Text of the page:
Told that raccoon releases at his farm would violate provincial regulations, he said, "I don't know anything about that, anyway."
THS acting president Bob Hambley referred questions to spokesman Ian McConachie, who did not respond to requests for comment. It is not clear why the THS would release raccoons so far outside of the maximum distance allowed, though some in the wildlife rehabilitation field have criticized the limits as overly restrictive.
According to the kennel cards, raccoons released on Walters' farm were captured at Gerrard St. E. and Broadview Ave., Queen St. E. and Sumach St., and at Queen St. E. and Boston Ave; two other cards which said "Bud's farm" did not have capture information. Newmarket is approximately 50 kilometres away from downtown Toronto.
Ministry conservation officers removed all animals from the THS wildlife centre on Monday. On Tuesday, Cansfield became the first McGuinty government official to reprimand the beleaguered THS, criticizing its officials for confining a red-tailed hawk to an insufficiently large cage.
The hawk was one of eight animals, including two painted turtles, a mallard duck, a mourning dove and a sparrow, taken from the THS to the Toronto Wildlife Centre in Downsview Park.
"A hawk needs space," Cansfield said. "It can't be confined to a small cage."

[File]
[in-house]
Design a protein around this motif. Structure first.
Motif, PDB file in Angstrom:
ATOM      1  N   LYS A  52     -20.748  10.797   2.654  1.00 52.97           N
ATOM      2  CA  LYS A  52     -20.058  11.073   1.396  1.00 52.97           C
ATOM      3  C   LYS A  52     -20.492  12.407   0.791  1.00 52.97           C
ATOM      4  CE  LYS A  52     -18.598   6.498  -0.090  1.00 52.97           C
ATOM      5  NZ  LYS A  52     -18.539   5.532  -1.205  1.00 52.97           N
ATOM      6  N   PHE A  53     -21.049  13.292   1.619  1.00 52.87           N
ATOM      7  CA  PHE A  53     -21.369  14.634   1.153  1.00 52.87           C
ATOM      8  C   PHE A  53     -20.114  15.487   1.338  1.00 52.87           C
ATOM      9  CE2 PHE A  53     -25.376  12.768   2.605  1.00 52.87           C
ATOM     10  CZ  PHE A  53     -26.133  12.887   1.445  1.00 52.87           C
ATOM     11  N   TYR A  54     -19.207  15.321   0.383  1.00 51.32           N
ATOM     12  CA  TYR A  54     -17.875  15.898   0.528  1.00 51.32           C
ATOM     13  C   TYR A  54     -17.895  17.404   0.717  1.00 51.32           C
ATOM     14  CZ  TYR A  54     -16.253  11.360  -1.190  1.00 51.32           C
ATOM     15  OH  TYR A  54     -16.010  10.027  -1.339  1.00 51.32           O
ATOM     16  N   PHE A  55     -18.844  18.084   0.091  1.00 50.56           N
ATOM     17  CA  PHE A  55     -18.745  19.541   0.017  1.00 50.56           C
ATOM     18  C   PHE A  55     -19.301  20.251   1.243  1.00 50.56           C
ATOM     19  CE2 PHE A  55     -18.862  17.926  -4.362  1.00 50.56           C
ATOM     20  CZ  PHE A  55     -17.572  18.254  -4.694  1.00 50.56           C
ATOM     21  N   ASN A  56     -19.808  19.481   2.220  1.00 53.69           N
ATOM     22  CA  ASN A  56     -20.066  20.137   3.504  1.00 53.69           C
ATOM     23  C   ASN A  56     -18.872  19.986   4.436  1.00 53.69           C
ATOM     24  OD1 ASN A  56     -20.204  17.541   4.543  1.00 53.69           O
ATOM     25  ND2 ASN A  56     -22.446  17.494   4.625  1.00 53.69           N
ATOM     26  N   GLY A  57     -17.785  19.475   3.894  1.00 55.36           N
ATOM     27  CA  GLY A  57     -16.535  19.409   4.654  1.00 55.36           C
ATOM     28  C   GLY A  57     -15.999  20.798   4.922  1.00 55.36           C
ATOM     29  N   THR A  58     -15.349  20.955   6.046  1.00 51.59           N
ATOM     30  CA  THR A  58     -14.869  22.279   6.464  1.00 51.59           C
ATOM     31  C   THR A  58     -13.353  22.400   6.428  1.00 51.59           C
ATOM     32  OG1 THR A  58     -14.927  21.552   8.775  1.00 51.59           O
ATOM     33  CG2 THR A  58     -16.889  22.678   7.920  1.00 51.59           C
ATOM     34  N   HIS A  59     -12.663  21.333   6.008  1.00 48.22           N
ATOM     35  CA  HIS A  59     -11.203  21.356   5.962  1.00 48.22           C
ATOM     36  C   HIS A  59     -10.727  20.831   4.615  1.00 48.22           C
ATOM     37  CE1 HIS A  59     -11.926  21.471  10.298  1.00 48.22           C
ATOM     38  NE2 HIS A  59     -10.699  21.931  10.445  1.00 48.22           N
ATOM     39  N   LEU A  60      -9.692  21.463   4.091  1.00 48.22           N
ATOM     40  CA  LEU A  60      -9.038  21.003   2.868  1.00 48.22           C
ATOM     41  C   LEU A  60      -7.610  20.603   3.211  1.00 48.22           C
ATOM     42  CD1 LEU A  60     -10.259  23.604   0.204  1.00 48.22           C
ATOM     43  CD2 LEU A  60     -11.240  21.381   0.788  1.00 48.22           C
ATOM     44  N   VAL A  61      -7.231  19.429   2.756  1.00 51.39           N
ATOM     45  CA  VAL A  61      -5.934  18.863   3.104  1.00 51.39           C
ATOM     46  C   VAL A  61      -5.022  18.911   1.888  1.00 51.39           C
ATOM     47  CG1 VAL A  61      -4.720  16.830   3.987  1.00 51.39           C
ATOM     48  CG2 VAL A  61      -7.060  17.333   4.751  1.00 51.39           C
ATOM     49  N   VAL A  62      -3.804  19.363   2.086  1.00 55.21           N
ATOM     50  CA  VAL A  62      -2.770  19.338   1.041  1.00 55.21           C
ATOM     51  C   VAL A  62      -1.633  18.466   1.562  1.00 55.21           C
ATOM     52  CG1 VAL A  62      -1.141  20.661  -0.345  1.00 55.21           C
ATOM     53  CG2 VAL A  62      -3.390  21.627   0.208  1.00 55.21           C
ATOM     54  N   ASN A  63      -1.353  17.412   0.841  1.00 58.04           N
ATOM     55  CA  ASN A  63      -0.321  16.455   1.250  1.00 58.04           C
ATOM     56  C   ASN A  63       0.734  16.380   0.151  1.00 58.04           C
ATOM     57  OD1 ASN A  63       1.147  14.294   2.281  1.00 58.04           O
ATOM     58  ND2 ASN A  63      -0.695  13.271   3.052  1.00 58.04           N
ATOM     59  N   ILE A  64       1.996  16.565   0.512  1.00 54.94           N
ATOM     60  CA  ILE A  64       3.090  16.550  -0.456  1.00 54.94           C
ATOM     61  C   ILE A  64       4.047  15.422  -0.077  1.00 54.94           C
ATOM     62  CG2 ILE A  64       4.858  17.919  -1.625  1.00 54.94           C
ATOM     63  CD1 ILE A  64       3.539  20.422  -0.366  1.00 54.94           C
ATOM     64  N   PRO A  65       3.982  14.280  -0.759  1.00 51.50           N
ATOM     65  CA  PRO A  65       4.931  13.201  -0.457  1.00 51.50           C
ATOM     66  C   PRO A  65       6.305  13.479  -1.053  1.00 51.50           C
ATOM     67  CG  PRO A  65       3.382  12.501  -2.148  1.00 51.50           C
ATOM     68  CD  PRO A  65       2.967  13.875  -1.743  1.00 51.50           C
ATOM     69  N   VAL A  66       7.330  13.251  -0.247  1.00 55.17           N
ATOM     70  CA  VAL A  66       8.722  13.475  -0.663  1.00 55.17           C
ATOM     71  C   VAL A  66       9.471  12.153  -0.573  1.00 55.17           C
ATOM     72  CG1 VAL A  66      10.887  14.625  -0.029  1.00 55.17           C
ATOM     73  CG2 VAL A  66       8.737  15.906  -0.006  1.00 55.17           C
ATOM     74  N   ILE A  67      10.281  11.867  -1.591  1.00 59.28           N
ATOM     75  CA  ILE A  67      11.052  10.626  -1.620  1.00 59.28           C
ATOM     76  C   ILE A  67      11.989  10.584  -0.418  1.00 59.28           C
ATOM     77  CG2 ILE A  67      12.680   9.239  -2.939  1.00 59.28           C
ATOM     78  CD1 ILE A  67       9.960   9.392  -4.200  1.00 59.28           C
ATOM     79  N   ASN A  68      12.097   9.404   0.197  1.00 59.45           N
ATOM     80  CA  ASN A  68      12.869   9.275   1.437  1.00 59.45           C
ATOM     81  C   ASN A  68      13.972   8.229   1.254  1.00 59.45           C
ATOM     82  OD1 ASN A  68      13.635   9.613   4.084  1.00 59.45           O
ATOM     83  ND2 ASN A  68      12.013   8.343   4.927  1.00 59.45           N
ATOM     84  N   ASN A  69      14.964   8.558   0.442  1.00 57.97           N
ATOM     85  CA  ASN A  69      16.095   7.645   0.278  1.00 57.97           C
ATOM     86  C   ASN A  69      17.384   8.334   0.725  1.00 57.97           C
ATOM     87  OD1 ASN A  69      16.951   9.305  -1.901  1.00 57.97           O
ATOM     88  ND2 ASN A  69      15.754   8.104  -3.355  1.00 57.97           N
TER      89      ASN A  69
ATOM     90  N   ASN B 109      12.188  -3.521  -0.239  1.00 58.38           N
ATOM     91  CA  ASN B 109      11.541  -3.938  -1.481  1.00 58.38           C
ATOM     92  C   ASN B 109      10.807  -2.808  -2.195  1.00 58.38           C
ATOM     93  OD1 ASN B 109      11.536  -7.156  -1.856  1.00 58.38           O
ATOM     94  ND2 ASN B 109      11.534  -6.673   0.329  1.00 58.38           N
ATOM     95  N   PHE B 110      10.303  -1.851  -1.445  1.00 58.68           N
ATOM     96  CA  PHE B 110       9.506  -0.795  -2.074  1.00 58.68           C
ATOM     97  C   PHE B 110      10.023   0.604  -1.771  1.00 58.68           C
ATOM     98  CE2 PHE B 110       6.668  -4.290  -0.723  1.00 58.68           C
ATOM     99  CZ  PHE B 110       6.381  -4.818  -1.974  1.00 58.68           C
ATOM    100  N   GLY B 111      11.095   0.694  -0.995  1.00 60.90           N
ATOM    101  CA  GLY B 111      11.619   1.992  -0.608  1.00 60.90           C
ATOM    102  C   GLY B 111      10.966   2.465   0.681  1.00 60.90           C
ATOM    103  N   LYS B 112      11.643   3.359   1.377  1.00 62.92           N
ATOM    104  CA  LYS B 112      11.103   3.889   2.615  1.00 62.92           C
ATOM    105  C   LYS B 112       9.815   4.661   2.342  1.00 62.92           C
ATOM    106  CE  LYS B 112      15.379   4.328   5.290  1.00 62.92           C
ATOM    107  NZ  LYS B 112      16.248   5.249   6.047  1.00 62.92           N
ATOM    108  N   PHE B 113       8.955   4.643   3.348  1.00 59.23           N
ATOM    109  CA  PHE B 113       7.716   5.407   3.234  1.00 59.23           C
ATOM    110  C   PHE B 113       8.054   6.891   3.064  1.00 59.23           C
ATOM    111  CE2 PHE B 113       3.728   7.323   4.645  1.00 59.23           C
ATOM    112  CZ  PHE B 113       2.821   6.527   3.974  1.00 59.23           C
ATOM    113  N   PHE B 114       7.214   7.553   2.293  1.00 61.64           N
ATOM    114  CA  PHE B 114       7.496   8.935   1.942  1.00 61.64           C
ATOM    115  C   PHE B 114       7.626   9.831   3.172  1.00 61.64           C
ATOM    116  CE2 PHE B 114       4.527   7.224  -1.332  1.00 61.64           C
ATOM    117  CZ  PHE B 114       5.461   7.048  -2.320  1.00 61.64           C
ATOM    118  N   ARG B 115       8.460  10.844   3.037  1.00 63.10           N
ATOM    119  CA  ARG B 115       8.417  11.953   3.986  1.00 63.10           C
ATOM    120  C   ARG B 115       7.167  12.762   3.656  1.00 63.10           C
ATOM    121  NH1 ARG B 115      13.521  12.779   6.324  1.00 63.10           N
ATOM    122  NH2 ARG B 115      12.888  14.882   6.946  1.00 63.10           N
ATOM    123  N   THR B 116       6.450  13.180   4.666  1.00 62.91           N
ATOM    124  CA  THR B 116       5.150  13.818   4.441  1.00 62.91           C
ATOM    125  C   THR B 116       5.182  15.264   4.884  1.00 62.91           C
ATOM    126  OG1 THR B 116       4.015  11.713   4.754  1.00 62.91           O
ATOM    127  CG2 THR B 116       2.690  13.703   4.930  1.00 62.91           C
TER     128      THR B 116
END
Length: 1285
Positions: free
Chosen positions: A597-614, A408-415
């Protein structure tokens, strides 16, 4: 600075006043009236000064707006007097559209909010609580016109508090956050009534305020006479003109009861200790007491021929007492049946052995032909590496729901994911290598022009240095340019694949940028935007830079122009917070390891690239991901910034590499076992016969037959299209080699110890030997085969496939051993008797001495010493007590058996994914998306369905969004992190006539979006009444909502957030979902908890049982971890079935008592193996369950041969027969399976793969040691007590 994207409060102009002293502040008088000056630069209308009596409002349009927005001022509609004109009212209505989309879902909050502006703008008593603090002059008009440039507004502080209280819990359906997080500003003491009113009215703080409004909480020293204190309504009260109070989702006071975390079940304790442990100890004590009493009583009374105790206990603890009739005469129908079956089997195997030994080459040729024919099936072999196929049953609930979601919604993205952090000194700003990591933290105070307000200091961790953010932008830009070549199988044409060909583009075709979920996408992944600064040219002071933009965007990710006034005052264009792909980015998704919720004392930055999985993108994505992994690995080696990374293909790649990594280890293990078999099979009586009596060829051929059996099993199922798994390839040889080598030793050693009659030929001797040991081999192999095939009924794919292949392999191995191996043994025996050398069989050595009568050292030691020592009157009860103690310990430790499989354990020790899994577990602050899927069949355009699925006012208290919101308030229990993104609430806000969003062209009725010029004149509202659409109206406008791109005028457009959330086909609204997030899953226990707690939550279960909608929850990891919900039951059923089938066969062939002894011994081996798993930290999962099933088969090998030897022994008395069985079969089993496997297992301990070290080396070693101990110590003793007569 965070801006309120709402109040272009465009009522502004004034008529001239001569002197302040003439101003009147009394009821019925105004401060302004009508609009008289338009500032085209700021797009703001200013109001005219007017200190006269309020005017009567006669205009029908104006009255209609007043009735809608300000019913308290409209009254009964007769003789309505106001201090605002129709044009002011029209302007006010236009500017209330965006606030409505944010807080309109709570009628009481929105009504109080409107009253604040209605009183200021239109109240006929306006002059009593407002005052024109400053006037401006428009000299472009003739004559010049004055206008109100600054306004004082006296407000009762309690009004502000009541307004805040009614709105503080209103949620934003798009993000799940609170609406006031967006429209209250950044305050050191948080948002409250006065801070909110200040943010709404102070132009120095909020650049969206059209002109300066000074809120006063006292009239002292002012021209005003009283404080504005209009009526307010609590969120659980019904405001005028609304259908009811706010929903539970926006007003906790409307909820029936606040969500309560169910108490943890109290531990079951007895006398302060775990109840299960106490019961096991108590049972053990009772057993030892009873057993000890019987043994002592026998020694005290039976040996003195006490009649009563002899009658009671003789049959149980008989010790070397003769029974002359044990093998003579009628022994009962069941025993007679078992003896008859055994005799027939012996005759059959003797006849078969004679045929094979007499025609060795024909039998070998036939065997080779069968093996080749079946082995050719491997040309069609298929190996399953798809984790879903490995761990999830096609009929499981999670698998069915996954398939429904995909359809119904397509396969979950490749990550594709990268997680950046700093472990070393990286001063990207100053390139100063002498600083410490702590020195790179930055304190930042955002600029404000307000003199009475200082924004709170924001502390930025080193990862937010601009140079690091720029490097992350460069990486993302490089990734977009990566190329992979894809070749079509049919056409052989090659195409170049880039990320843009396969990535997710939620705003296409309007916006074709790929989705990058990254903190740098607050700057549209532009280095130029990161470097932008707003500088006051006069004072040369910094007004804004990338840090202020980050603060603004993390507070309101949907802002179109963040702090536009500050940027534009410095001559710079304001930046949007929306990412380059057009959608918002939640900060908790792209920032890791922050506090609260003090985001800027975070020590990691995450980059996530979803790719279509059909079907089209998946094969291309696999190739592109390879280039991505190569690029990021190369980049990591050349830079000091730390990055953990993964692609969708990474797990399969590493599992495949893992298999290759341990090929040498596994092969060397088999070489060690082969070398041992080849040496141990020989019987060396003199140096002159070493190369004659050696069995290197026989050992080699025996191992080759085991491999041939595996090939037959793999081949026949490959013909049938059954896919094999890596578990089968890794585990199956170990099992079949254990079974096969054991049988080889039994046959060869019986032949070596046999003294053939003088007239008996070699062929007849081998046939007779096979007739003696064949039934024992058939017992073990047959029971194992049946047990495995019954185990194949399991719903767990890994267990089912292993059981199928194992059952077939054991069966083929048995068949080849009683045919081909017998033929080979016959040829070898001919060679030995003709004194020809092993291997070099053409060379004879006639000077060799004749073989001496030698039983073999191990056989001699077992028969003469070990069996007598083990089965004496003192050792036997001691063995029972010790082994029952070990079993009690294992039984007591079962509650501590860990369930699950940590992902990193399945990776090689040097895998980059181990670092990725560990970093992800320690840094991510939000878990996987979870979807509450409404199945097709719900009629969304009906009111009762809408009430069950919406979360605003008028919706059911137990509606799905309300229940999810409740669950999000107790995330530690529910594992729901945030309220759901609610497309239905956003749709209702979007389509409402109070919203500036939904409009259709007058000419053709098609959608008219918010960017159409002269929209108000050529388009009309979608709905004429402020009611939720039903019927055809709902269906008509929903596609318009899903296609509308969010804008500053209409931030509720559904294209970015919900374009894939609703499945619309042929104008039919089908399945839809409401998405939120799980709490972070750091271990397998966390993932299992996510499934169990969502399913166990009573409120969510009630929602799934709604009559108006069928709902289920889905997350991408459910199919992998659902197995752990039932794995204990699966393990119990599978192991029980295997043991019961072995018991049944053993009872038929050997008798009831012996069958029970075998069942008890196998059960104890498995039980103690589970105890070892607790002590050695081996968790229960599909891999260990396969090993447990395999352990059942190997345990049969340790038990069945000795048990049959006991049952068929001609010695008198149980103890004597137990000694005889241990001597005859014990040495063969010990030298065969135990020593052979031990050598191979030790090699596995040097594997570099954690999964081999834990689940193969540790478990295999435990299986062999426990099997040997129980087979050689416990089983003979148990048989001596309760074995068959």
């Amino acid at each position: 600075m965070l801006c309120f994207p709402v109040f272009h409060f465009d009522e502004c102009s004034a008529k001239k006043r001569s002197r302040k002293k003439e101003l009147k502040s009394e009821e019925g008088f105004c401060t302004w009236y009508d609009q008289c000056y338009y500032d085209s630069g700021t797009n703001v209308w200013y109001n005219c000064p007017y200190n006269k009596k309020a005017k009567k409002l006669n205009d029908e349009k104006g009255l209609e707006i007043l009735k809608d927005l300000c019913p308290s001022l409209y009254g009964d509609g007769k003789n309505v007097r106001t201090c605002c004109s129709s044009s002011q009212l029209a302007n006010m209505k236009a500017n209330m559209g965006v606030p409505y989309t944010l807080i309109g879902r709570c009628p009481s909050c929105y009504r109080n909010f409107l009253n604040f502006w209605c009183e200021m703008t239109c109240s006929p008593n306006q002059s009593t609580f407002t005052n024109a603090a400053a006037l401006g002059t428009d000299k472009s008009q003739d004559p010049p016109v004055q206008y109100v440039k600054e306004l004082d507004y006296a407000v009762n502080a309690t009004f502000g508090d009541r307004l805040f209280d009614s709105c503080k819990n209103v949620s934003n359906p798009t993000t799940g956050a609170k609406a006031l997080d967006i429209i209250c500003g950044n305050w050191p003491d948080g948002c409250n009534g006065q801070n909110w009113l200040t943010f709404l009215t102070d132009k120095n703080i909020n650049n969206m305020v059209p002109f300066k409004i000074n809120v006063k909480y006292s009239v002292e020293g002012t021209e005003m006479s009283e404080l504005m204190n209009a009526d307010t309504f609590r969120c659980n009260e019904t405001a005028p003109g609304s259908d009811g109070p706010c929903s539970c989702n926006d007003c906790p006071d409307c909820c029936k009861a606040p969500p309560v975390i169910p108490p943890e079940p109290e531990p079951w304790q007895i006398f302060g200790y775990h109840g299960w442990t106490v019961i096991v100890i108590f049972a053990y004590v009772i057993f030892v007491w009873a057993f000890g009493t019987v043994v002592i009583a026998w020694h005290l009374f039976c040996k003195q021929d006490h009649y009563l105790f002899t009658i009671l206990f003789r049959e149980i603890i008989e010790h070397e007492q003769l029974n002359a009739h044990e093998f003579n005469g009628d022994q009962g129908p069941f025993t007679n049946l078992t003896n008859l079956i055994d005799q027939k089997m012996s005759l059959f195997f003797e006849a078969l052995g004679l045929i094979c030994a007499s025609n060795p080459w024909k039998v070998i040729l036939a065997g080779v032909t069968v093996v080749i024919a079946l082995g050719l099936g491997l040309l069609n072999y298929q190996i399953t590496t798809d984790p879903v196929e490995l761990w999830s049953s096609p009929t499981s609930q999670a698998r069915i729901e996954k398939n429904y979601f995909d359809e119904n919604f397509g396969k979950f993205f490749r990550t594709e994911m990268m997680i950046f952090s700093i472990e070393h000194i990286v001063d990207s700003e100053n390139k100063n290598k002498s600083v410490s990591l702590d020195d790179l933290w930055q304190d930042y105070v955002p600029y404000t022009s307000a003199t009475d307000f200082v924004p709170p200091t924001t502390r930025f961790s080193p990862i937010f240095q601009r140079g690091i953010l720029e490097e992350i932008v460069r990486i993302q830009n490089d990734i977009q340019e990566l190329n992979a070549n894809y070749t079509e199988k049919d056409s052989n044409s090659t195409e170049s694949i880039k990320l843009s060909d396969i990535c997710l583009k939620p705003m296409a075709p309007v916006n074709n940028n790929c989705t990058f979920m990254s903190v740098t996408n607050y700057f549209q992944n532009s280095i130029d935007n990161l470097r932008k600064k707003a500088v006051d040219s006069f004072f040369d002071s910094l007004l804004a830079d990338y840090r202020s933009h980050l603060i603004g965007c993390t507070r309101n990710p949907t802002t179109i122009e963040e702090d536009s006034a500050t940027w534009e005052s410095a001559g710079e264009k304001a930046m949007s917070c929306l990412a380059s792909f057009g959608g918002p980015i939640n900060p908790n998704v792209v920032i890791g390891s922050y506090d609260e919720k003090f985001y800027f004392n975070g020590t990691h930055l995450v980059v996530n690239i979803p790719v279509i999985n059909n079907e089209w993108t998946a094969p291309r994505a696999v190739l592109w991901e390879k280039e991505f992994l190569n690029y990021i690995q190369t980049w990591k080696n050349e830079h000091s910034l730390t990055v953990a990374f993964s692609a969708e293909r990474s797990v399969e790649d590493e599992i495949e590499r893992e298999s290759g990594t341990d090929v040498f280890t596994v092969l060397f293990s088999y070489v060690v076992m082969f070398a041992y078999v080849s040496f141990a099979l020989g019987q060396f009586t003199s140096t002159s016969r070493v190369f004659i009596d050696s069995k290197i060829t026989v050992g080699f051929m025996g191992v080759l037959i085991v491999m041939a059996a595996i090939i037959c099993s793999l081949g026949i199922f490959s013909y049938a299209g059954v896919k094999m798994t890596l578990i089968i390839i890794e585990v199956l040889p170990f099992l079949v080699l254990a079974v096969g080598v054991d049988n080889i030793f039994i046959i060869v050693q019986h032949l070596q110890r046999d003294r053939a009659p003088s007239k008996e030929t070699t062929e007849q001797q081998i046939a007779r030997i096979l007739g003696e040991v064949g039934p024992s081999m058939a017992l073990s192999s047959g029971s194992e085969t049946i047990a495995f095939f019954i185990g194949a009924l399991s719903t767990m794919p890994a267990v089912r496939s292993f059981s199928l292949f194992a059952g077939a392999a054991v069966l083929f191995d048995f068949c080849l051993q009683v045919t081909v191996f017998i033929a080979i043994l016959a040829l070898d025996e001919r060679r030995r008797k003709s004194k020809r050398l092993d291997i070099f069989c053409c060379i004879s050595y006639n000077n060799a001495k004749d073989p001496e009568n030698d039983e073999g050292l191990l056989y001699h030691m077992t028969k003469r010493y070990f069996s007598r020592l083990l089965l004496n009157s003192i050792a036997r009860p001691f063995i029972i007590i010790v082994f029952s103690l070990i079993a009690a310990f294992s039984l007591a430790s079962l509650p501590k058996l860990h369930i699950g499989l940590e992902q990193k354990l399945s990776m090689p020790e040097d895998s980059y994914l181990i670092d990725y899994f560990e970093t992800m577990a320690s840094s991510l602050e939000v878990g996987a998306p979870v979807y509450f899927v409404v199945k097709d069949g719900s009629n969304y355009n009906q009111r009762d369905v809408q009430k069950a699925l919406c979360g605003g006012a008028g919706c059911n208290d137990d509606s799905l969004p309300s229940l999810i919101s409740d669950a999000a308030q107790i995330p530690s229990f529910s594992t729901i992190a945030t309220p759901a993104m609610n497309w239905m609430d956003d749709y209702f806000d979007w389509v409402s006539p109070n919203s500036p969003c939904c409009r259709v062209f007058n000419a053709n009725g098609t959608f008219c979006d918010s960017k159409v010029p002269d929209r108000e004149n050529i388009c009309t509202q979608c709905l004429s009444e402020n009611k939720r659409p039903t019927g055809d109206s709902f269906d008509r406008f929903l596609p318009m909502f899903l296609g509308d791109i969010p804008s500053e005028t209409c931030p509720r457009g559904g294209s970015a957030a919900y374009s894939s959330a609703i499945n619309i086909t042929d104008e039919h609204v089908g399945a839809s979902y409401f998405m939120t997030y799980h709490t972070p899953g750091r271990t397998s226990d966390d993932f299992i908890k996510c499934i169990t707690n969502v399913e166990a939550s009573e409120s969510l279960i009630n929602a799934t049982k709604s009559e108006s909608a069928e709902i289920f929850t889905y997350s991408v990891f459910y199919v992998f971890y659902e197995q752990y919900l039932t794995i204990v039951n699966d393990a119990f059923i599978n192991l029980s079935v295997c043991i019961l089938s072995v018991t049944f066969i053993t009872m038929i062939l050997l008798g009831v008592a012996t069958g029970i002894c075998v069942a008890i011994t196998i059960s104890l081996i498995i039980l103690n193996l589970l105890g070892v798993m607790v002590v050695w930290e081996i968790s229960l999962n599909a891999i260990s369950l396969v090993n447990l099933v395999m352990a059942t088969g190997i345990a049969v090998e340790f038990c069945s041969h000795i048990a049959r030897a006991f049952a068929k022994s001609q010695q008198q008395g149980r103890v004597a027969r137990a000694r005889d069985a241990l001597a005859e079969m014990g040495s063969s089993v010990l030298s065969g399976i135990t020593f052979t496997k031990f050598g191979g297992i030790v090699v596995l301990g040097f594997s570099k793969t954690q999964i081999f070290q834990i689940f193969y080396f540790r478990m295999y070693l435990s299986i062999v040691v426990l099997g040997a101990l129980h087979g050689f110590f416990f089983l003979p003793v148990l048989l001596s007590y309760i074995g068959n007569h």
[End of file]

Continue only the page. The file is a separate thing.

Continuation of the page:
The wildlife centre comprised a tiny fraction of THS operations, housing fewer than 10 of more than 1,000 animals. It has been the target of frequent criticism since its founding in the mid-1980s.
In 2006, a former veterinarian, a former veterinary technician and an official at an outside rehabilitation agency told the Star that conditions at the centre were poor. On Tuesday, Nicole Richer, a trained wildlife rehabilitator who spent two months at the centre before she was dismissed, said "everything was wrong, everything."
Pigeon Droppings halt Concert
Jim Salter | St. Louis — The Associated Press Published on Monday, Jul. 26, 2010
Heavy storms and scorching temperatures have failed to deter rock bands from performing at an outdoor stadium in St. Louis, but a bombardment of pigeon droppings proved too much for the Kings of Leon.
The band halted their Friday night gig at the Verizon Wireless Amphitheatre after three songs when the infestation of birds in the arena's rafters dropped their onslaught of feces.
A statement from the band's management company, Vector Management, said bassist Jared Followill seemed to be a particular target of the pigeons, whose droppings were a potential health hazard.